Eyelid Dermatitis

Periorbital dermatitis can be a source of discomfort and frustration, affecting the delicate skin around the eyes. Understanding the causes, symptoms, and available treatments can help you manage this condition and maintain healthy skin. This blog post will provide valuable insights on periorbital dermatitis and practical advice on preventing and managing this skin condition.

Key Takeaways

  • Periorbital Dermatitis is a skin condition caused by allergic or irritant reactions to certain substances and physical factors.
  • Risk factors include female gender, atopic skin diathesis and age over 40. Common triggers are cosmetics, airborne allergens and occupational exposure.
  • Treatment options involve topical medications, oral therapies & lifestyle changes such as avoiding triggers & following a gentle skincare routine for prevention strategies.

Understanding Periorbital Dermatitis

A person with periorbital dermatitis on their face

Periorbital dermatitis, also known as eyelid dermatitis or periocular dermatitis, is an inflammatory skin condition that affects the eyelids and the area surrounding the eyes, often caused by irritant contact dermatitis. It is estimated that 15-20% of individuals will experience contact dermatitis at some point, with cases involving the skin affected around the eyelids being quite common. In some instances, perioral dermatitis, periorificial dermatitis, or seborrheic dermatitis, a similar condition affecting the area around the mouth and other facial orifices, can also be present.

The two primary types of periorbital dermatitis are allergic contact dermatitis and irritant contact dermatitis.

Allergic Contact Dermatitis

Allergic contact dermatitis is a type of periorbital dermatitis caused by an allergic reaction to substances such as cosmetics, skincare products, or environmental allergens, including airborne contact dermatitis triggers. Common allergens include preservatives in eye drops, and ingredients found in cosmetics, shampoos, conditioners, lotions, and laundry detergents. Ingredients commonly found in eye makeup and perfumes, such as resins, solvents, volatile oils, preservatives, and pigments, can be potential allergens that cause allergic contact dermatitis in the eye area. Irritant contact dermatitis makes it crucial to differentiate between the two types of contact dermatitis when diagnosing and treating the condition. Topical medications, oral therapies, and lifestyle modifications may be employed as treatment options for allergic contact dermatitis.

Avoiding all potential allergens might be daunting, but it’s crucial to recognize and eliminate the substances causing a reaction. A patch test – applying a new product to the neck or forearm for 5-7 days before facial application – can aid in determining potential reactions.

Irritant Contact Dermatitis

Irritant contact dermatitis (ICD) is another form of periorbital dermatitis, caused by direct irritation from harsh chemicals, pollutants, or physical factors. The most prevalent substances and physical factors known to cause ICD in the periorbital area are dust, cosmetics, soaps, detergents, bleach, chemicals, temperature extremes, and humidity extremes.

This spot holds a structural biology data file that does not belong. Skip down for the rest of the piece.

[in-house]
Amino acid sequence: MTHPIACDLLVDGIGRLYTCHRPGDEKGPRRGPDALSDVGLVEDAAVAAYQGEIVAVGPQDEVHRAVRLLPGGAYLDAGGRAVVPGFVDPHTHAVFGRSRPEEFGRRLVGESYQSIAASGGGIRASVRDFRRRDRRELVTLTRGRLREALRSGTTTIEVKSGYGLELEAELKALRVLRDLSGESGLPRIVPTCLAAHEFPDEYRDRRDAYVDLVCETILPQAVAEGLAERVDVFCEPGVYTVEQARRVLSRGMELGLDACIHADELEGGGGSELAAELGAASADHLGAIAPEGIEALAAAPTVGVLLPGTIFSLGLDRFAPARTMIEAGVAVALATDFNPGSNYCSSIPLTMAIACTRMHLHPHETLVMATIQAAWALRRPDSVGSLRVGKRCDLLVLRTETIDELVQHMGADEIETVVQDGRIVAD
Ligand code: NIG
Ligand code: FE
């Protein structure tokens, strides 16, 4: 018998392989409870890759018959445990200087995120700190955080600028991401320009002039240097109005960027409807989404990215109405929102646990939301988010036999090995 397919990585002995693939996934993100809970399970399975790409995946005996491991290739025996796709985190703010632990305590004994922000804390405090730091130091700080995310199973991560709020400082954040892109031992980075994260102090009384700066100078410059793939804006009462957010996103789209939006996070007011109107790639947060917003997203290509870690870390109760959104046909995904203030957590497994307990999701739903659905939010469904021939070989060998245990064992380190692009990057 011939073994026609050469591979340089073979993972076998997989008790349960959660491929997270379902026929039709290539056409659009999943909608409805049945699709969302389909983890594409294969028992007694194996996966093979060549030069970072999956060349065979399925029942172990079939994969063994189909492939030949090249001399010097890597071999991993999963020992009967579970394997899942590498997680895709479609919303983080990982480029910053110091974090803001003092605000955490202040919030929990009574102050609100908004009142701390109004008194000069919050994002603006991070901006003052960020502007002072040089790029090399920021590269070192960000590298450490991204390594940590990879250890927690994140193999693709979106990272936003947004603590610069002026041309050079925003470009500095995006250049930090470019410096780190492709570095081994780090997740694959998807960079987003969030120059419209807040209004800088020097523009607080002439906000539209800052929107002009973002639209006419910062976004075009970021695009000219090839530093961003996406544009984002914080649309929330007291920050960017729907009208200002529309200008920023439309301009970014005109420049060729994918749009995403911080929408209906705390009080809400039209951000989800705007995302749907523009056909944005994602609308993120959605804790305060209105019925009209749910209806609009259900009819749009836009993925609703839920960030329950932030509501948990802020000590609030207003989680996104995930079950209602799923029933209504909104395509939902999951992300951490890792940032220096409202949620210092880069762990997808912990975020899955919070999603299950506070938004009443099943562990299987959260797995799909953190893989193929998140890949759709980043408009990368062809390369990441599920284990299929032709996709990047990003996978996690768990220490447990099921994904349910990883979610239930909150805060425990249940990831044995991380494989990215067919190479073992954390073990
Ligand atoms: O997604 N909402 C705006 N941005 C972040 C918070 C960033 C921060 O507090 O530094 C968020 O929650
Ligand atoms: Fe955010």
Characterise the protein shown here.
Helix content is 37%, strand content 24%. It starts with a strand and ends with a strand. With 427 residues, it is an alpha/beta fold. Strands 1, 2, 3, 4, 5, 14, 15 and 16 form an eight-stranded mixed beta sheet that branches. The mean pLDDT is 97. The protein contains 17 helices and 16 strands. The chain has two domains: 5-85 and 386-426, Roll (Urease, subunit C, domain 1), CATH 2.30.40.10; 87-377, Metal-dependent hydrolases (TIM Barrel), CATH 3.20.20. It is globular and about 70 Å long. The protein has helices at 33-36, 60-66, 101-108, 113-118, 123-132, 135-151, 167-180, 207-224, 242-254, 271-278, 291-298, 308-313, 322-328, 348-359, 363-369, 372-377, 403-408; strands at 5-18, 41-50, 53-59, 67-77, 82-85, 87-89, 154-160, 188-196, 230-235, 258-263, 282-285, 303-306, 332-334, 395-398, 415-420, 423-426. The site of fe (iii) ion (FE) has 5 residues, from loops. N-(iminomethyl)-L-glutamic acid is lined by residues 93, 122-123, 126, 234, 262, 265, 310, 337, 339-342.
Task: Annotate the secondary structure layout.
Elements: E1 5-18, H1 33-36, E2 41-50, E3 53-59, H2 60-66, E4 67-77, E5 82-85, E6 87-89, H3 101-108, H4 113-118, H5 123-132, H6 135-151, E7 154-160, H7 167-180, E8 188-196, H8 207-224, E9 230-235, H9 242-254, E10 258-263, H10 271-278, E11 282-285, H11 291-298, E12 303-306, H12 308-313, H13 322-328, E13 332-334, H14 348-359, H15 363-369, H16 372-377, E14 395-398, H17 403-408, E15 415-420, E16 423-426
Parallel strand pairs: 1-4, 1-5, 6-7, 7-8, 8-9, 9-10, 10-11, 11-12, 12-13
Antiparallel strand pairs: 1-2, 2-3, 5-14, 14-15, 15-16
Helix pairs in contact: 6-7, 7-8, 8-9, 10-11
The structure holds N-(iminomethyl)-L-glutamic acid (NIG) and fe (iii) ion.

The customary clinical presentation of irritant contact dermatitis in the periorbital area may include erythema with papules and vesicles. Vesicles may advance to exudation and crusting, with prolonged exposure resulting in lichenification. Differentiating between irritant and allergic contact dermatitis is crucial for proper treatment, as irritant contact dermatitis involves direct chemical damage to the skin, while allergic contact dermatitis is an immune-mediated response to an allergen.

Risk Factors and Common Triggers

A person with periorbital dermatitis on their face, showing the risk factors and common triggers

Female gender, atopic skin diathesis, and age over 40 are the risk factors for periorbital dermatitis, which is a form of atopic dermatitis. Recognizing common triggers like cosmetic products, airborne allergens, and occupational exposure is key in managing and preventing periorbital dermatitis effectively.

Cosmetic Products

An image of a cosmetic product specifically formulated to treat periorbital dermatitis

Cosmetic products, particularly fragranced skincare products and topical steroids have been linked to periorbital dermatitis. One study in Japan discovered that 4.8% of patients with periorbital dermatitis were attributed to cosmetics. Another study noted that common periorbital allergic contact dermatitis elicitors were leave-on cosmetic products such as face cream and eye shadow.

To reduce the dermatitis risk associated with cosmetic products, consider using hypoallergenic products designed for sensitive skin. Performing a patch test before using new products can help identify potential allergens and irritants.

Airborne Allergens

Airborne allergens, such as pollen, dust mites, animal hair, and latex, can trigger periorbital dermatitis in susceptible individuals. Exposure to these allergens can lead to redness, itching, swelling, and a rash in the periorbital area as the skin reacts to the allergen.

Maintaining a clean living environment, using air purifiers, and limiting exposure to known allergens can mitigate periorbital dermatitis risk caused by airborne allergens. Frequent laundering of bath and bed linens can further reduce allergen exposure.

Occupational Exposure

Occupational exposure to irritants, such as chemicals, plants, or other allergens, can lead to periorbital dermatitis. Common irritants include:

  • Shellac
  • Benzalkonium chloride
  • Acrylates
  • Surfactants
  • Sodium lauryl sulfate
  • Formaldehyde
  • Lanolin
  • Fragrances

These irritants can be found in cosmetic products, nail polishes, hair dyes, and certain airborne contact allergens, some of which may contain plant or animal proteins.

Implementing safety measures like wearing protective gear and adhering to chemical handling and storage guidelines can prevent dermatitis caused by occupational exposure. Keeping the workspace clean also minimizes exposure to irritants and allergens.

Symptoms and Clinical Presentation

Periorbital dermatitis typically presents with the following symptoms around the eye area:

  • Redness
  • Scaling
  • Swelling
  • Itching